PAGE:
Best grown in organically rich, humusy, medium moisture, well-drained soils in part shade. Plants may be grown in full sun in the north. If grown in full sun, consistent moisture is important. Scorch and general foliage decline tend to occur if soils are allowed to dry out. In St. Louis, best foliage color typically occurs in part shade locations (particularly in the heat of the afternoon). Notwithstanding the foregoing, ‘Citronelle’ is considered to be more tolerant of hot and humid summers than most other heucheras, in large part because it has H. villosa (SE US native) in its parentage. Remove stems of faded flowers to encourage additional bloom. Some gardeners prefer to remove flower stems before flowering if plants are being grown as ground covers for their foliage texture and color. Foliage is essentially evergreen in warm winter climates. In cold winter climates such as St. Louis, the amount of retained foliage color depends in large part upon the severity of the temperatures. A winter mulch applied after the ground freezes will help prevent root heaving. Divide clumps in spring every 3-4 years.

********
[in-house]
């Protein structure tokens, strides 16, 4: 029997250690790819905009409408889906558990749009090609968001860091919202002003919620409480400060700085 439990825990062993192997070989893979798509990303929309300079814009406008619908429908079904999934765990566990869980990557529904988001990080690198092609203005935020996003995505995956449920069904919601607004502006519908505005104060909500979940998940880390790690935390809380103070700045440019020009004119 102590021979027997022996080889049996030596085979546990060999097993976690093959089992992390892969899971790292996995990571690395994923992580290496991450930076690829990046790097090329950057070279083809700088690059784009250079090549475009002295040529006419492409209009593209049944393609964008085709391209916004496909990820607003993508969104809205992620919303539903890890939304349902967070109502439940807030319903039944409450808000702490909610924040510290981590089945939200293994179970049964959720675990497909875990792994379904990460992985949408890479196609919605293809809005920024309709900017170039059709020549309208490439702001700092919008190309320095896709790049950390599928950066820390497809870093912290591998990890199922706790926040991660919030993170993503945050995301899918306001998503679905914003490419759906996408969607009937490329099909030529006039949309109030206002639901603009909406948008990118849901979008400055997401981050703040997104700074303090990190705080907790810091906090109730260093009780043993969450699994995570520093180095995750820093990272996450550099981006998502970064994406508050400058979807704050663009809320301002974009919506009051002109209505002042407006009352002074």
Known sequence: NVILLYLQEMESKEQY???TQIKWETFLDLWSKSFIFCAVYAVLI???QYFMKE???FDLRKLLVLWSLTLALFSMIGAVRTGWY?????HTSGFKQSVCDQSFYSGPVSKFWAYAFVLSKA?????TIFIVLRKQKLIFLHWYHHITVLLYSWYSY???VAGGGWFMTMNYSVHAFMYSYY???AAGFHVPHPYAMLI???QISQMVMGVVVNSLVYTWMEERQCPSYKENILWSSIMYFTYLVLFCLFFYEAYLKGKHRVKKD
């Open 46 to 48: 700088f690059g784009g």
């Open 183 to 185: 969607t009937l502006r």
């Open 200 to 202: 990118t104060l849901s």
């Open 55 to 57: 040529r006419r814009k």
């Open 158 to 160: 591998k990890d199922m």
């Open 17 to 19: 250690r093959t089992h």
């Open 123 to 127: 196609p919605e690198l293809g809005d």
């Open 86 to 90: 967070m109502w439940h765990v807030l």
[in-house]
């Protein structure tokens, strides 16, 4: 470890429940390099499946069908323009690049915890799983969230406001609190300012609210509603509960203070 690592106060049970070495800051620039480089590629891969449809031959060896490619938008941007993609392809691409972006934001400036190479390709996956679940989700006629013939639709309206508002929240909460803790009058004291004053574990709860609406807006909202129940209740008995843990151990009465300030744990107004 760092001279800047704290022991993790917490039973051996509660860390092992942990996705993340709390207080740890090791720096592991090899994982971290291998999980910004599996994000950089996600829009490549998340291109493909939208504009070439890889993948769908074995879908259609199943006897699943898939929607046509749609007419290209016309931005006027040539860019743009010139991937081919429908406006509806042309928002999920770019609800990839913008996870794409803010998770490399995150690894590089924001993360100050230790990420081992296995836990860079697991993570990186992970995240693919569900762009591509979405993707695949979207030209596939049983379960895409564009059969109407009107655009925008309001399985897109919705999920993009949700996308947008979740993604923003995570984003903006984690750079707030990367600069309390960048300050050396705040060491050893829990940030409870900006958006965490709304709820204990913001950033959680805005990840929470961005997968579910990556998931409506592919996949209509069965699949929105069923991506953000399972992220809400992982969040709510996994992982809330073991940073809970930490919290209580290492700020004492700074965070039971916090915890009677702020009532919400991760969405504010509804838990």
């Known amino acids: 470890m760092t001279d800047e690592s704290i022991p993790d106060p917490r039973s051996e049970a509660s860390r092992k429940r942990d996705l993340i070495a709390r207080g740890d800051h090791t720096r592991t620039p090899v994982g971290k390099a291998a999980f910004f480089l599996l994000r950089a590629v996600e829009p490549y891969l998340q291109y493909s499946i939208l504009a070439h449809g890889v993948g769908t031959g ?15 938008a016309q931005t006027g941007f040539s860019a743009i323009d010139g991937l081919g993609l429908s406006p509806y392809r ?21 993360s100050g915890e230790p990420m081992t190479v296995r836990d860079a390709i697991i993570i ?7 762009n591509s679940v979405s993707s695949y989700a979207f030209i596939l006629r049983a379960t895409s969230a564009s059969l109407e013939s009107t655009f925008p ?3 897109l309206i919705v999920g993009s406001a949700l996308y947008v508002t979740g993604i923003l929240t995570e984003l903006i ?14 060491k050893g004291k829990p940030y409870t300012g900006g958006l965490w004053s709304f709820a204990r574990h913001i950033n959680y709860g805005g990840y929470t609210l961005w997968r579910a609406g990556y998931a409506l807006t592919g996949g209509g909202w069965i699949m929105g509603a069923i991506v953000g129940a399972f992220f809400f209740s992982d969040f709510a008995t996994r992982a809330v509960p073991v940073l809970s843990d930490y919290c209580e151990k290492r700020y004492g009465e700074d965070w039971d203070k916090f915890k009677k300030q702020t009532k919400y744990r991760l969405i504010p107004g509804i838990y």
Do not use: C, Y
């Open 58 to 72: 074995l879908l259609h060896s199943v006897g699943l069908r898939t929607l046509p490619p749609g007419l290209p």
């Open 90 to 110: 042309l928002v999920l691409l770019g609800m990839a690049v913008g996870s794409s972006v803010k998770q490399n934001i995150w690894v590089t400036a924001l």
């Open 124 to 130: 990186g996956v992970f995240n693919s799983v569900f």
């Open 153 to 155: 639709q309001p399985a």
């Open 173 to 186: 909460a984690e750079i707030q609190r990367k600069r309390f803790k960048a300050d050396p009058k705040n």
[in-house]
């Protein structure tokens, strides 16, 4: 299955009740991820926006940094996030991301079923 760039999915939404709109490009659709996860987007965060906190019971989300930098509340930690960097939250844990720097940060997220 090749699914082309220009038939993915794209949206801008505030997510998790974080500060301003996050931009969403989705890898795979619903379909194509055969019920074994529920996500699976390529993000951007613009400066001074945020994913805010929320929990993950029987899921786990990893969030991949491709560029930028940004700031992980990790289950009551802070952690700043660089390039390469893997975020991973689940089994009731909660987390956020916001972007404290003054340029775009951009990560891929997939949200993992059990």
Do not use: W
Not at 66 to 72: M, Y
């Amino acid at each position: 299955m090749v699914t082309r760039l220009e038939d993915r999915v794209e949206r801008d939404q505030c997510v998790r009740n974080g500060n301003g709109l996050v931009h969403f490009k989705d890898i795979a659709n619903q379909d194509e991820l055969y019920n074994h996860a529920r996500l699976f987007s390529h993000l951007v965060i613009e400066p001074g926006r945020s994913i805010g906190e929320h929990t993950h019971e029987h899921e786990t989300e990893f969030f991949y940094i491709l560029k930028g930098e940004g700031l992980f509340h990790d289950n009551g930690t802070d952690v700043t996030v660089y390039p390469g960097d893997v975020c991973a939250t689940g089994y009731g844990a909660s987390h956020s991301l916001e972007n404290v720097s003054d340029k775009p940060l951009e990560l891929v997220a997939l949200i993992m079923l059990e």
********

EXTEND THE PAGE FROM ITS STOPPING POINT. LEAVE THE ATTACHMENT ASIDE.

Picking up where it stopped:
‘Citronelle’ is a vigorous, clump-forming, compact coral bells cultivar that features cordate yellow-green leaves on rosy red petioles. It was discovered as a naturally occurring sport of Heuchera ‘Caramel’ in a nursery bed in Hantay, France in July of 2002. The lobed, crenate, rounded leaves (5-7 lobes per leaf) form a basal mound (to 6” tall) which may spread to 14” wide. Tiny, creamy white flowers appear in spires in summer (later than most heucheras) on slender stems rising above the foliage mound, typically to 10-12” tall. It is the foliage (not the flowers) that distinguishes this plant. U. S. Plant Patent PP17,934 was issued August 21, 2007.
No serious insect or disease problems. Frost heaving of roots may occur when winter temperatures fluctuate widely.
Mass as a ground cover or group. Rock gardens, borders and open woodland gardens. Effective as an edger along paths or walkways. Containers.